There is a bit of unfortunate historical revisionism in the paper

Compare Pedersen et al (left) with the original description of RCP8.5 in Riahi et al 2011 (right)

The use of RCP8.5 as a reference scenario can be found in thousands and thousands of papers, with more added daily
Read 6 tweets
29 Oct
🧵Thread
Initial reactions to Blake Leeper CAS ruling

Summary:
Leeper lost his appeal to run in Olympics but World Athletics (IAAF) lost the case & will completely reshape possibilities for athletes with prosthetics to run in elite competition

cc:
@Dr_Weyand
@Scienceofsport
First, this case hinges on rules, processes and science
On the latter it is remarkable to see IAAF demanding access to data, when they refused (to this day) to release data in their research re: Semanya
Similarly, I had a good chuckle seeing IAAF emphasize peer review (Semenya research wasn't) & the necessity of data release for CAS to do its job
In this case the data was shared by Leeper's team, in Semenya case IAAF never shared its data
Read 20 tweets
27 Oct
Incredible
Solar power enjoys an incredibly strong a global public consensus
As do wind and hydro, 7 just below gas
Nuclear, oil, coal ... not so much
Via @pewglobal
pewresearch.org/science/2020/0…
Ideological polarization on climate policy is a largely found in a few English-speaking countries (plus Sweden!)
Via @pewglobal
With a high % of authors of @IPCC_CH coming from ideologically polarized countries (US, UK, Australia) not surprising that those politics re-emerge within the assessment process

But ideological battles over climate are a non-issue for >95% of the world

carbonbrief.org/analysis-gende…
Read 5 tweets
20 Oct
🧵
I am really glad that @hausfath @Peters_Glen made the effort to write a letter to PNAS on the SGD20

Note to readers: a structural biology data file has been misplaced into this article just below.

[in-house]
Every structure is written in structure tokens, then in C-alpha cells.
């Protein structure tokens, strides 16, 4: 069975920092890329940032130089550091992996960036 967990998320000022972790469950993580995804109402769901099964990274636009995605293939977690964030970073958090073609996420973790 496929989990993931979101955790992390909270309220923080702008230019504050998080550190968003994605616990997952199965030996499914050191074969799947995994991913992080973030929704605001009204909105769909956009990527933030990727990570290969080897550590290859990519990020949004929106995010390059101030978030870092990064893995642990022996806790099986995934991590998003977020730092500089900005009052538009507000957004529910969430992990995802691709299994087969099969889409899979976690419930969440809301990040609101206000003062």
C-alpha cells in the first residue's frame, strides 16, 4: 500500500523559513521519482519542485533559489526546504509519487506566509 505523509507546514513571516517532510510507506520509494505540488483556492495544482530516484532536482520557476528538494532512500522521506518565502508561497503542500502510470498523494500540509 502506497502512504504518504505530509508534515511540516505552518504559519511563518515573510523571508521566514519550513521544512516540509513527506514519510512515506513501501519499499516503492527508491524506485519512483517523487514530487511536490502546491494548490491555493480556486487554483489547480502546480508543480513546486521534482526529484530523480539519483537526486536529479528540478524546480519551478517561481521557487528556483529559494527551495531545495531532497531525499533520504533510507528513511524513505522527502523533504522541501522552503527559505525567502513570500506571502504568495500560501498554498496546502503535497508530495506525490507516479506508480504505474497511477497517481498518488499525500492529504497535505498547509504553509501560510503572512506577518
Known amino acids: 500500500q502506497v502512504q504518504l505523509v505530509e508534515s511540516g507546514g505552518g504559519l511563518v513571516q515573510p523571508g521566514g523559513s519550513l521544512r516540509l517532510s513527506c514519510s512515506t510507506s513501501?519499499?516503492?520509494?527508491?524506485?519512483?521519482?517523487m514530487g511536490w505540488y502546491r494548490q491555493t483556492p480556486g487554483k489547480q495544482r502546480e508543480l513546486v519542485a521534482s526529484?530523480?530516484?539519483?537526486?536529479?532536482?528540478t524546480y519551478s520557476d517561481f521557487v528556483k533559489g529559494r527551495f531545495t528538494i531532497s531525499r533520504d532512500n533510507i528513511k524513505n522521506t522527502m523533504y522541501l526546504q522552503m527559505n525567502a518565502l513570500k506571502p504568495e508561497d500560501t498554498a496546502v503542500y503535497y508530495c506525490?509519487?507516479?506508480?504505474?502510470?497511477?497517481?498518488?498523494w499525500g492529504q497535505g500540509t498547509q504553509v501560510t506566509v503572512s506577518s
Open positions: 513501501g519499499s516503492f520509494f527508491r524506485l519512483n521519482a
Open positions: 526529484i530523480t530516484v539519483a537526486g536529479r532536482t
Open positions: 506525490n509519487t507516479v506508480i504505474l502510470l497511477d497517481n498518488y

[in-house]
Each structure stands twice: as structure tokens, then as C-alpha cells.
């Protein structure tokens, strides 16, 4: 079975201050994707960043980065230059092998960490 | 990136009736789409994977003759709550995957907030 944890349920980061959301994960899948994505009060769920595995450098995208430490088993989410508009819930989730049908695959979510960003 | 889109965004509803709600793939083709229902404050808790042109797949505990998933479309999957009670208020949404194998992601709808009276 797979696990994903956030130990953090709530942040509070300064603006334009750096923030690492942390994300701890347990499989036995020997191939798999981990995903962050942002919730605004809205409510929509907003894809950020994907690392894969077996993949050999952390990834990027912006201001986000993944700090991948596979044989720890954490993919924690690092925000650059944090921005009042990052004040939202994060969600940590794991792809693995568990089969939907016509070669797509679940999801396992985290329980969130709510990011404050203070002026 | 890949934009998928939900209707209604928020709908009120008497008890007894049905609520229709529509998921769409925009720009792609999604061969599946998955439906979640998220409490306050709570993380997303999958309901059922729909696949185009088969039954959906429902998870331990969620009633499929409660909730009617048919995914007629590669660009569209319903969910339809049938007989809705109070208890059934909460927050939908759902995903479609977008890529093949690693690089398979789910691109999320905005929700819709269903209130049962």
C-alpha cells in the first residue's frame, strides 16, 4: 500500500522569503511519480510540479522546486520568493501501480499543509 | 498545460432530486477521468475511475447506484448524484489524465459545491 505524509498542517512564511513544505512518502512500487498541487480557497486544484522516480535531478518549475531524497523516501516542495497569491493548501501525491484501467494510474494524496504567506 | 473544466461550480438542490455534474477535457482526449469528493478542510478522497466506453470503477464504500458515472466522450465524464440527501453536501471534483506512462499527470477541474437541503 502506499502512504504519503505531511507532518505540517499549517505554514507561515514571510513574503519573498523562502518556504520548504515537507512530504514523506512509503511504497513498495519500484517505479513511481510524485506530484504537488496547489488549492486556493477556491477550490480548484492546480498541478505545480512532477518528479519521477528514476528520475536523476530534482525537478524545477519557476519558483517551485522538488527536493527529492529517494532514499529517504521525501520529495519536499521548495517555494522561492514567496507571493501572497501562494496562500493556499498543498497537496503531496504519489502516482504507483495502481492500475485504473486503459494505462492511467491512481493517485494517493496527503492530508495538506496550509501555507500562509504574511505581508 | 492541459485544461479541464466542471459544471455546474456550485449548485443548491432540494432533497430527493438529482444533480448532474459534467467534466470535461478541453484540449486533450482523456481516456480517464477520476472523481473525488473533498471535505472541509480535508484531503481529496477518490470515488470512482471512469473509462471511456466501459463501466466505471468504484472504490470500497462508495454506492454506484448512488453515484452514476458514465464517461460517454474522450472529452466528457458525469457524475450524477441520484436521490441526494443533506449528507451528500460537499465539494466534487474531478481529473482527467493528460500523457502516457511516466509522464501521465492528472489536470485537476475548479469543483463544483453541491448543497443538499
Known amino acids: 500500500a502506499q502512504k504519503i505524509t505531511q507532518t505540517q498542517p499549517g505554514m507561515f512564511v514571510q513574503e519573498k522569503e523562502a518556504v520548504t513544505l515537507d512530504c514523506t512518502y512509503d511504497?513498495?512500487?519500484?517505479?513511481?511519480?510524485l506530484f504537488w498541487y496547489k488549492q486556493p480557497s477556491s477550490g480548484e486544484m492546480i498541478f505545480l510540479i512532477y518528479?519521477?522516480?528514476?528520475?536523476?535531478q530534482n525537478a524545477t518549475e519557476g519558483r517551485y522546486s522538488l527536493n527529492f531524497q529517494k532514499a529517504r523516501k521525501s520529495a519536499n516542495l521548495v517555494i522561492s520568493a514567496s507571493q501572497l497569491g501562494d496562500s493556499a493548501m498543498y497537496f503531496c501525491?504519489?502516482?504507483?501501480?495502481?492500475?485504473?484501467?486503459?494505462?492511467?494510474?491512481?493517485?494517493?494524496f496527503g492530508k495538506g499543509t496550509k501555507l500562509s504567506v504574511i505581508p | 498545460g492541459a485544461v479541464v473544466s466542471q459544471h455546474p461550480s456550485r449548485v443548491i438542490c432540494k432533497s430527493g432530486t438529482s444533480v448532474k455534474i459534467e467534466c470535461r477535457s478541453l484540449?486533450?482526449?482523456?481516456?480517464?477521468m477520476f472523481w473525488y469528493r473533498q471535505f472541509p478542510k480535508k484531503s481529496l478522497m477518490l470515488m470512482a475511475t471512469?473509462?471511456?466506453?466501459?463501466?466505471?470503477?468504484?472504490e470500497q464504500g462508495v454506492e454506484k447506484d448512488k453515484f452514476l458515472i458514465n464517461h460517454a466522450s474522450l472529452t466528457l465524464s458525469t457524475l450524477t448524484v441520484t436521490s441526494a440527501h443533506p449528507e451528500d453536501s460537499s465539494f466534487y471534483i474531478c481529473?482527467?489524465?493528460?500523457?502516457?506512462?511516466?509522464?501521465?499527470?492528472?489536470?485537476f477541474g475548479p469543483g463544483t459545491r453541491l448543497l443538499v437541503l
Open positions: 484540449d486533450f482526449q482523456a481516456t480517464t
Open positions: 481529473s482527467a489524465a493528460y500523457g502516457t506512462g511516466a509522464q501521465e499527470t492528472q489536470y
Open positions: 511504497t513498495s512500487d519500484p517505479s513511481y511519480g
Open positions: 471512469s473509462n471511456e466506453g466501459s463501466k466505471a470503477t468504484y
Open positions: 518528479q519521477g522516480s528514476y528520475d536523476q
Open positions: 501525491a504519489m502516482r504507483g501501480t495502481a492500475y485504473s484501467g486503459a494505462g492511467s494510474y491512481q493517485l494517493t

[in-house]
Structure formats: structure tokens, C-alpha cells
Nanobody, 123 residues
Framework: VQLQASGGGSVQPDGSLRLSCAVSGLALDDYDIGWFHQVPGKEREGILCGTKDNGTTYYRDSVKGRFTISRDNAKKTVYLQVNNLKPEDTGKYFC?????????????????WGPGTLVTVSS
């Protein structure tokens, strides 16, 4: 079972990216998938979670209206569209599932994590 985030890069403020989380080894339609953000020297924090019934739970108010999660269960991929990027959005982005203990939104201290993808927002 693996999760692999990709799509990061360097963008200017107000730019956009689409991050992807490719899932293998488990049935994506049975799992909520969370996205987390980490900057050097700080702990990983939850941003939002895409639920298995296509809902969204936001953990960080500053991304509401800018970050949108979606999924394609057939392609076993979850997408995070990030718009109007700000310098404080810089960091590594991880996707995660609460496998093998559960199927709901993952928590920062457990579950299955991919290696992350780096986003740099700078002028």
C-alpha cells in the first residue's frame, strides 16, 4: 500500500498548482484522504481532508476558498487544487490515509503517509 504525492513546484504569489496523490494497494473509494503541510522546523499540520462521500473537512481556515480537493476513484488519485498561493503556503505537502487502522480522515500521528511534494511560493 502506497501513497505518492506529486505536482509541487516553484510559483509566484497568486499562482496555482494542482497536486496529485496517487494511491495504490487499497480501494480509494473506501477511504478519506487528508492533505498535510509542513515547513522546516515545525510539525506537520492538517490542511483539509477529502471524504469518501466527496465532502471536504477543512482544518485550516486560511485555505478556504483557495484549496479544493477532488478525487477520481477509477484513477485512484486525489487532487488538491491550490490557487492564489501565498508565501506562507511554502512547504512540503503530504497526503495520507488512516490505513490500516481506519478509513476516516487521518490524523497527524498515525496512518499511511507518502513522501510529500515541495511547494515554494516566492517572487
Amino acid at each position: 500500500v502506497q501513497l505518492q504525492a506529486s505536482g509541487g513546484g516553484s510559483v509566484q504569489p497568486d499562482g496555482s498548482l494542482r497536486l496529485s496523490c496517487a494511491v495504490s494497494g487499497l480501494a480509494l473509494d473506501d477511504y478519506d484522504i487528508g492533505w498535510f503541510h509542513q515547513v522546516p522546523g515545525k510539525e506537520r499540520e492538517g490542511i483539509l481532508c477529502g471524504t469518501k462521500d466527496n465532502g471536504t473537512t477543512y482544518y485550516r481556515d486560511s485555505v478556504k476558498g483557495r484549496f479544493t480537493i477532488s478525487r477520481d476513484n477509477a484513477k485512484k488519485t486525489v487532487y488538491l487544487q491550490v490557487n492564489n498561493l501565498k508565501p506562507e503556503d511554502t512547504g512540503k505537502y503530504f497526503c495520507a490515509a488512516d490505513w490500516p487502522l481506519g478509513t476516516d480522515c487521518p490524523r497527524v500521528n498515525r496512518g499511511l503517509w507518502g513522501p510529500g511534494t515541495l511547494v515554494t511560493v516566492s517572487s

But judging from the rejoinder to their letter, RCP8.5 will be with us for a while ...
I outlined the issues in a thread as well, which has details if you are interested, 100% consistent with @hausfath @Peters_Glen letter (which is behind a paywall)
The main issue is that the extreme scenarios favored in climate research (like RCP8.5, SSP5-8.5) are unambiguously flawed

SGD20 claim that these flaws are irrelevant because they are compensated by other flaws, just as big in the other direction (smdh, right?)
Read 11 tweets
19 Oct
🧵
This passage from excellent @washingtonpost reporting on the WH Coronavirus Task Force should cause us to ask some questions about Scott Atlas

Who is he & how is it that he can have any authority whatsoever to implement or block policy?

He is not elected or Senate confirmed
Atlas staff position in the White House carries the title "Special Advisor to the President"

Such positions date to Reorganization Act of 1939 which created the Executive Office of the President (aka The West Wing) giving the prez new powers to staff

budgetcounsel.files.wordpress.com/2016/10/summar…
Such positions have been off-and-on called "czars" dating to the administration of FDR
loc.gov/item/201667847…
Read 10 tweets
19 Oct
This week the FDA vaccine advisory committee is meeting ... science advisory committees are usually pretty boring, not this time ...
biopharmadive.com/news/fda-advis… via @BioPharmaDive
"On October 22 2020, the Center for Biologics Evaluation and Research’s (CBER), Vaccines and Related Biological Products Advisory Committee (VRBPAC) will meet in open session, to discuss, in general, the development, authorization and/or licensure of vaccines to prevent COVID-19"
Read 5 tweets
16 Oct
I'm still amazed that we are using college football players as study subjects & (apparently) ignoring research ethics and corporate research protocols applied everywhere else on campus
10news.com/news/local-new…
OK, I'll ask

What happens if we find out that the answer to the research question posed below is, no or not much?

Do we say, "well at least we got some games in, thanks for participating in our study"

pac-12.com/article/2020/0…
I get it that universities (and Athletic departments) don't like these sorts of questions

But it is obvious that Quidel views PAC-12 football as a clinical experiment to perfect tests in order to secure FDA approval of their proprietary technology

cnbc.com/video/2020/09/…
Read 6 tweets
13 Oct
Really insightful new essay by Simon Robertson on issues raised by the IPCC dual roles in both assessing and producing climate research
onlinelibrary.wiley.com/doi/abs/10.100…
We also discuss this in depth (and also in the context of the IPCC IAMC) in this paper:
papers.ssrn.com/sol3/papers.cf…
These issues were highlighted by @Oliver_Geden in 2015
nature.com/news/policy-cl…
Read 4 tweets
13 Oct
Today is Disaster Risk Reduction Day #DRRDay